It is something that most men are guilty of. Putting off a trip to the doctor to get checked out, because we are always certain that it will turn out to be nothing and it is hard enough to see a doctor anyway. Those are just a couple of the reasons why men’s health is generally in such a poor state. Largely attributable to longstanding traditions of men ‘being tough’, men often will deny symptoms until it is too late, making early detection and effective treatment of disease less likely. The dominant perception of masculinity is associated with physical strength, emotional stoicism, assertiveness and control. All of these traits work contrary to proactive and preventive approaches to health.
Beginning Thursday, Movember 1, 2012, men and women around the world will begin growing their illustrious mustaches to raise awareness and funds for men’s health. For some, Movember is a hipster hassle, something they are sick of hearing about. Others grow a mustache to be part of the club, but contribute little more than that. Many others will register at www.movember.com, take weekly photos of their ‘stache to show off to social networks and raise some money. Very few, however, will recognize that cancer and health are not limited by the months in the calendar and will reach out even further.
This isn’t the first time that Movember has descended upon an unsuspecting Revelstoke. For the past few years’ local pubs have organized Movember campaigns supported by boozy parties and the chance at winning ‘best of mo’ prizes and swag. Bar managers got the ball rolling and now the mustache movement has swelled beyond the confines of these establishments. The incentive for many of us is to raise awareness of men’s health, not an excuse to raise a glass of alcohol. Growing a mustache is about becoming selfless, setting ego aside, and standing united to in the interests of creating a healthier lifestyle.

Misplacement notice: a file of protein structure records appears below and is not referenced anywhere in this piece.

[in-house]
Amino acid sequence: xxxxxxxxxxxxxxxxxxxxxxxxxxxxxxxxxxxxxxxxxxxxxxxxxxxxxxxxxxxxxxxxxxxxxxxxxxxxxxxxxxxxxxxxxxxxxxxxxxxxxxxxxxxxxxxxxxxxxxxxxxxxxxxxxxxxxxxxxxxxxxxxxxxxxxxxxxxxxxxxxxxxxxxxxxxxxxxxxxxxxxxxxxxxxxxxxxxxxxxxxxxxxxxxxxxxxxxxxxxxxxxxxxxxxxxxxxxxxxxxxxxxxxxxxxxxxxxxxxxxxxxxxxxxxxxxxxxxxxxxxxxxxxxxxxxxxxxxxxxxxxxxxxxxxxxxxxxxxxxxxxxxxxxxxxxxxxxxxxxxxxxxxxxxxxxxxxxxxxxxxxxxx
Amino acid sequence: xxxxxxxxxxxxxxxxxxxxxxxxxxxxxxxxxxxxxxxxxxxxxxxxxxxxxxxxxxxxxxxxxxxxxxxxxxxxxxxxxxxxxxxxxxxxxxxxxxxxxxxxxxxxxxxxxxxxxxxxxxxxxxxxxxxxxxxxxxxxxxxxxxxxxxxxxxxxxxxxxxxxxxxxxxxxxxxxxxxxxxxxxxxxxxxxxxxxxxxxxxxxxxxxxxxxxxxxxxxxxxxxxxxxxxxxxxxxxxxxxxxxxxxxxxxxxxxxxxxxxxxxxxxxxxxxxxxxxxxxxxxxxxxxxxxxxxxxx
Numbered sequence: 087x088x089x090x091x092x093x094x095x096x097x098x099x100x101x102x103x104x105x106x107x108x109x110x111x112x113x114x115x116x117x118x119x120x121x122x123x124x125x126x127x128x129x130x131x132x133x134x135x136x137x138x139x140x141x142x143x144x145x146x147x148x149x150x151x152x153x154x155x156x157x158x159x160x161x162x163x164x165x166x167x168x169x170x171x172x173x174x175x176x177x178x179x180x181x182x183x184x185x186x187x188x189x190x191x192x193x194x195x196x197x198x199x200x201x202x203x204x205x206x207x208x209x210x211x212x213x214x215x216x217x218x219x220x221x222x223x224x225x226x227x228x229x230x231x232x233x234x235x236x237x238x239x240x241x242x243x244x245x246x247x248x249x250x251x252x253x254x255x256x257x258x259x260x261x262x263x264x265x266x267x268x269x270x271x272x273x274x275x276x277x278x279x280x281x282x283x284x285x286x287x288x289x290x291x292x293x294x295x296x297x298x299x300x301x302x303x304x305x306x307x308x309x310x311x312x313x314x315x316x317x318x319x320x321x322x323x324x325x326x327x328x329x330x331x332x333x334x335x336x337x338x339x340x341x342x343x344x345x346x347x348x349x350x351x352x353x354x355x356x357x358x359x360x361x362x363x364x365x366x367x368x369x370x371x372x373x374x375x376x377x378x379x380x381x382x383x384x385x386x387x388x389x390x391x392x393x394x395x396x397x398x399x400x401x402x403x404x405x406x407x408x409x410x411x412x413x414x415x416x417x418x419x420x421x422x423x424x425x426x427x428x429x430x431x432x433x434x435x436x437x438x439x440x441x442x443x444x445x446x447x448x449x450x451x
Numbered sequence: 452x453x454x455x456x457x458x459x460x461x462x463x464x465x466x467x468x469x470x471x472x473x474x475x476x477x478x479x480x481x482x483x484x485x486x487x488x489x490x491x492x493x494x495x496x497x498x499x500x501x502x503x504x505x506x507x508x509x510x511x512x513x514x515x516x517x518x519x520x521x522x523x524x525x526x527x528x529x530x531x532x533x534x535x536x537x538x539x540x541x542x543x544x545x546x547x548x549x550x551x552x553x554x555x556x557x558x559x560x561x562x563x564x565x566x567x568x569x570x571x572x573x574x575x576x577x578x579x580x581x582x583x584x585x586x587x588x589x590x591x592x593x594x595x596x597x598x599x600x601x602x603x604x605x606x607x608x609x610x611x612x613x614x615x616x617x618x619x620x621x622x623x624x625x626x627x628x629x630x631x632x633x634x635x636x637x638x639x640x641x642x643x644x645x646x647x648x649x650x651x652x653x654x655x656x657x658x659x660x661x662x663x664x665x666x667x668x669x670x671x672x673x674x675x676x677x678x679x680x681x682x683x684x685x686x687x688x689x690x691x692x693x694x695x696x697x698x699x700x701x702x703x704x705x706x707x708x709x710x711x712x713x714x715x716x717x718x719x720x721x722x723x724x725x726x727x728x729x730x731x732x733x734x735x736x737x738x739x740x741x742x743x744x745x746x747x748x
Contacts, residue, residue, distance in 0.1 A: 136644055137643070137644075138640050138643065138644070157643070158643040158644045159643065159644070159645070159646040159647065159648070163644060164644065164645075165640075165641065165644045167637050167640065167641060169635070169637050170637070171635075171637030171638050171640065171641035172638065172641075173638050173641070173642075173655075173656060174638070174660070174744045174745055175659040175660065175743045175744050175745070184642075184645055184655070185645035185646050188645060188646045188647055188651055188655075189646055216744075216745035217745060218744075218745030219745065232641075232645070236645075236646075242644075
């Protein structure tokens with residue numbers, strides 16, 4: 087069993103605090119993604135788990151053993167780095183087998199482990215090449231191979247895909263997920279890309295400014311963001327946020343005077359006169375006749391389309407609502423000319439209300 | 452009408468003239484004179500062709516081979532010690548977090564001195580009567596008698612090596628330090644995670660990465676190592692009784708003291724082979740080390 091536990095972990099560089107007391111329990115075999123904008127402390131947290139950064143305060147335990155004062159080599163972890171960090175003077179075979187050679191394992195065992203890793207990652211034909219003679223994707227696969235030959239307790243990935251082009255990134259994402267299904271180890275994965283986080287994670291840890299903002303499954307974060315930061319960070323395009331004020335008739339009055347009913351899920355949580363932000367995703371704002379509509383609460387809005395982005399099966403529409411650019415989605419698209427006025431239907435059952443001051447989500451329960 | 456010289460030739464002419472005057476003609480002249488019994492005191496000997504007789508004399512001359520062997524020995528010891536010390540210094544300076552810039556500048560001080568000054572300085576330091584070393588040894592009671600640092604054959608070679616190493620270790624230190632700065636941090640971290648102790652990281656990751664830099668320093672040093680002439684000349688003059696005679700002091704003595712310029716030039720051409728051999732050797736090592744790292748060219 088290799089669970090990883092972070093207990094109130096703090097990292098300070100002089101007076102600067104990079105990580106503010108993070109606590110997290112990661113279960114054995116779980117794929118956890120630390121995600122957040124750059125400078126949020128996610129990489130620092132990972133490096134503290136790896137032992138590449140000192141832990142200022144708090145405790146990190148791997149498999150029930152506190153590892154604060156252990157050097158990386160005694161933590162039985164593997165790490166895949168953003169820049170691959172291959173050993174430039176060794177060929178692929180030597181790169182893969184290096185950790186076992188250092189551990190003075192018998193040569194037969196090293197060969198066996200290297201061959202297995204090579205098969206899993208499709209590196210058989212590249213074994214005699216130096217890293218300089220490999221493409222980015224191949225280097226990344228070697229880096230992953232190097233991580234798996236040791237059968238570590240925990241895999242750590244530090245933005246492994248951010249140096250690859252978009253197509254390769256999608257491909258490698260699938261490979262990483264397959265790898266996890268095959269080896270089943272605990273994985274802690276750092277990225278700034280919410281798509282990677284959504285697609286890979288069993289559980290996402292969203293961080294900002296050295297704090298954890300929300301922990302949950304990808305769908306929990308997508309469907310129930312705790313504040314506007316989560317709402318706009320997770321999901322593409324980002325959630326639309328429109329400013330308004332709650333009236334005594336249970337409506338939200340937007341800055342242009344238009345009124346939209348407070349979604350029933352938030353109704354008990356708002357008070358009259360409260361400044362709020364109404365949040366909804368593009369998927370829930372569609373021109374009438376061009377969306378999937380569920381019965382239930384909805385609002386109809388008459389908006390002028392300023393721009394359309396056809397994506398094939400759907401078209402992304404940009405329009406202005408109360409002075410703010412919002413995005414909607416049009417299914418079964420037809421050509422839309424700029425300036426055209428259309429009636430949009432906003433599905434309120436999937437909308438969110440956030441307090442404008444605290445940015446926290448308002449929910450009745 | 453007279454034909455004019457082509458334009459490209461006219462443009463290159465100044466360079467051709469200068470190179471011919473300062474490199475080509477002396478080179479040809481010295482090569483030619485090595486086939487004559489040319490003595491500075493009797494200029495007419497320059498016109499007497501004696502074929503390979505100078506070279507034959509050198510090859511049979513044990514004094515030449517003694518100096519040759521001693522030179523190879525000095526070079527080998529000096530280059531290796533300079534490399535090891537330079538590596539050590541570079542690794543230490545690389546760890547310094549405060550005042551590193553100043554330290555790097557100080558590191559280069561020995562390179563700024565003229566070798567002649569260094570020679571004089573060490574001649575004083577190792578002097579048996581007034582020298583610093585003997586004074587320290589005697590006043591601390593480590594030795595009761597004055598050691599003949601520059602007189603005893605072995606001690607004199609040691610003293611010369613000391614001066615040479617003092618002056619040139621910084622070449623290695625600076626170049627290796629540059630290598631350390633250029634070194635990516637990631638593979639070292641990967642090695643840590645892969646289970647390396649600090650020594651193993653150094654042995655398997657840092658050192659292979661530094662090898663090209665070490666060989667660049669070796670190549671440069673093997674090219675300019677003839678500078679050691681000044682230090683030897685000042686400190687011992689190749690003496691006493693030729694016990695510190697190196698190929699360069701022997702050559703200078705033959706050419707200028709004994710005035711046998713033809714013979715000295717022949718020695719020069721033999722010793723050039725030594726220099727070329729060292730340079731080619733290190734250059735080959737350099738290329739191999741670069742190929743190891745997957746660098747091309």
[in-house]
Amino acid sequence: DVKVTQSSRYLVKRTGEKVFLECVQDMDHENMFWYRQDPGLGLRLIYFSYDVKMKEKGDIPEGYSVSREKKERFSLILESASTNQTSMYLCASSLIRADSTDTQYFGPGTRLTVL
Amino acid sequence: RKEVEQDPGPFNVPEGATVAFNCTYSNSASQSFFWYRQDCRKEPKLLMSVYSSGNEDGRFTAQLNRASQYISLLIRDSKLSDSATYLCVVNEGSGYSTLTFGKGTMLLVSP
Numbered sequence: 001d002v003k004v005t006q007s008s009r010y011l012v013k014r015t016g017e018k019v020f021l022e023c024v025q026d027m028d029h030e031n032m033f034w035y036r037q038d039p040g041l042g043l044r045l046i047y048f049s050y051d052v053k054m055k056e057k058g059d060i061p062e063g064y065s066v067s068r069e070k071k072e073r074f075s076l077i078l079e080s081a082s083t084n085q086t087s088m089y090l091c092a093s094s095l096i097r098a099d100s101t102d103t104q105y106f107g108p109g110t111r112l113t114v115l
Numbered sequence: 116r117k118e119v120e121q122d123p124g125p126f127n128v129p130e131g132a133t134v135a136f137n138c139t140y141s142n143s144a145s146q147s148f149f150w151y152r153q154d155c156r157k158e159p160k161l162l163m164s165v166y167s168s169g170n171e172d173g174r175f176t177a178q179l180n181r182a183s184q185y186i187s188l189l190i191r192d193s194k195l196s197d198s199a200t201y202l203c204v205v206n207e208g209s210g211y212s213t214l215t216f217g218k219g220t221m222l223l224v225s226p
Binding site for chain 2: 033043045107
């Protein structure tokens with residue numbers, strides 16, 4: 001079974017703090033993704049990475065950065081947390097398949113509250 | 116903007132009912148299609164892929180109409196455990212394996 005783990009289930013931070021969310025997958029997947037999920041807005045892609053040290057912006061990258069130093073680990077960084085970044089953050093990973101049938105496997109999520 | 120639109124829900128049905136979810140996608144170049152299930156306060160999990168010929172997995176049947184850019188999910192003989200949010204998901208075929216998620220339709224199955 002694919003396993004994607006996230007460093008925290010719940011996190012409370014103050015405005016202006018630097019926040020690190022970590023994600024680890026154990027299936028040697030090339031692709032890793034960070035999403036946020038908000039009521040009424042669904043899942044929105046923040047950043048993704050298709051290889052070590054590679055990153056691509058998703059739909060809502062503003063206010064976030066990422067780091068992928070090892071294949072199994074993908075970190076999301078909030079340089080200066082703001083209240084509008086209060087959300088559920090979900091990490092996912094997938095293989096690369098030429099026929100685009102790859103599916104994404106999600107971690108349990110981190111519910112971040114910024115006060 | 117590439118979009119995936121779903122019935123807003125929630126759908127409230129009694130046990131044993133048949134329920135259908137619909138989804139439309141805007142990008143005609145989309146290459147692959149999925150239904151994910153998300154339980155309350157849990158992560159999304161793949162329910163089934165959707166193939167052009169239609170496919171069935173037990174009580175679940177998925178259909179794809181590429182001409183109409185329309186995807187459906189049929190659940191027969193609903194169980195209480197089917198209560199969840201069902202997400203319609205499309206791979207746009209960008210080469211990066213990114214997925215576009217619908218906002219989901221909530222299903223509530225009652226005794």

Did you know that prostate cancer is the most common cancer to affect Canadian men. One in seven men will be diagnosed with prostate cancer in their lifetime. Of those cases, 90% are curable if detected and treated in their earliest stages, before the majority of men will actually acknowledge there is a problem.
Did you know that both Rotary International and the Men’s Health Organization of British Columbia are just two of the agencies that honour the importance of Men’s Health by annually celebrating International Men’s Health Week during the week that precedes Fathers’ Day?
Did you know November 19 is International Men’s Day observed by several countries including Canada? One objective of many is to focus on health issues.
Did you know that growing a mustache isn’t the only fashionable way to show your support for men’s health? You can also wear a blue ribbon, wristband, necktie, or shirt, to raise awareness. It shouldn’t be too difficult to cover the month of November in facial hair and the colour blue, should it?
Every year during the month of October the National Football League manages to get all of its athletes, approximately 1700 of the toughest men to walk the planet, to wear pink and join the fight against breast cancer. Springtime brings daffodils, the Relay for Life and the colour yellow representing the fight against many more forms of cancer. If we can all get behind these other colourful months, then it shouldn’t be too much for the rest of us to stop shaving for a few weeks, wear some blue and start raising some dollars for our fathers, brothers, uncles, cousins, grandfathers, sons and friends.